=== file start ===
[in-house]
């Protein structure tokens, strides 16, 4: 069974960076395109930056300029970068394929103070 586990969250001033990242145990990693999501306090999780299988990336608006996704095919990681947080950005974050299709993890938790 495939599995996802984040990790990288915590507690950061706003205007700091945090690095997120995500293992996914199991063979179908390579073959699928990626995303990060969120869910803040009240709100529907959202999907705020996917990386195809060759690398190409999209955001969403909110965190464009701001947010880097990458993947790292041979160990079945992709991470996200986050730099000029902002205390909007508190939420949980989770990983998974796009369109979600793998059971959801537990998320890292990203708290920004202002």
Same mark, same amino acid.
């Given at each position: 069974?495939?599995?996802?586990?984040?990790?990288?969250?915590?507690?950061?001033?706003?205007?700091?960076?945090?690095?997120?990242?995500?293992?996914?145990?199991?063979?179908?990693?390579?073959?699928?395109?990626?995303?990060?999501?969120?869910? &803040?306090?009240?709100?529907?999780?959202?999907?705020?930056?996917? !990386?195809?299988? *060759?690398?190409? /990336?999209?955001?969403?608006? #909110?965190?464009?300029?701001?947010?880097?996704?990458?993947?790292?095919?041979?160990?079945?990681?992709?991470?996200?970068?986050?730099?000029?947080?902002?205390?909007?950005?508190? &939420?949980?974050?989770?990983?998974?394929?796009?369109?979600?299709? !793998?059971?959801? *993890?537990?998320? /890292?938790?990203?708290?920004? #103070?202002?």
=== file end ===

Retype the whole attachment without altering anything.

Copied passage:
[in-house]
């Protein structure tokens, strides 16, 4: 069974960076395109930056300029970068394929103070 586990969250001033990242145990990693999501306090999780299988990336608006996704095919990681947080950005974050299709993890938790 495939599995996802984040990790990288915590507690950061706003205007700091945090690095997120995500293992996914199991063979179908390579073959699928990626995303990060969120869910803040009240709100529907959202999907705020996917990386195809060759690398190409999209955001969403909110965190464009701001947010880097990458993947790292041979160990079945992709991470996200986050730099000029902002205390909007508190939420949980989770990983998974796009369109979600793998059971959801537990998320890292990203708290920004202002």
Same mark, same amino acid.
């Given at each position: 069974?495939?599995?996802?586990?984040?990790?990288?969250?915590?507690?950061?001033?706003?205007?700091?960076?945090?690095?997120?990242?995500?293992?996914?145990?199991?063979?179908?990693?390579?073959?699928?395109?990626?995303?990060?999501?969120?869910? &803040?306090?009240?709100?529907?999780?959202?999907?705020?930056?996917? !990386?195809?299988? *060759?690398?190409? /990336?999209?955001?969403?608006? #909110?965190?464009?300029?701001?947010?880097?996704?990458?993947?790292?095919?041979?160990?079945?990681?992709?991470?996200?970068?986050?730099?000029?947080?902002?205390?909007?950005?508190? &939420?949980?974050?989770?990983?998974?394929?796009?369109?979600?299709? !793998?059971?959801? *993890?537990?998320? /890292?938790?990203?708290?920004? #103070?202002?």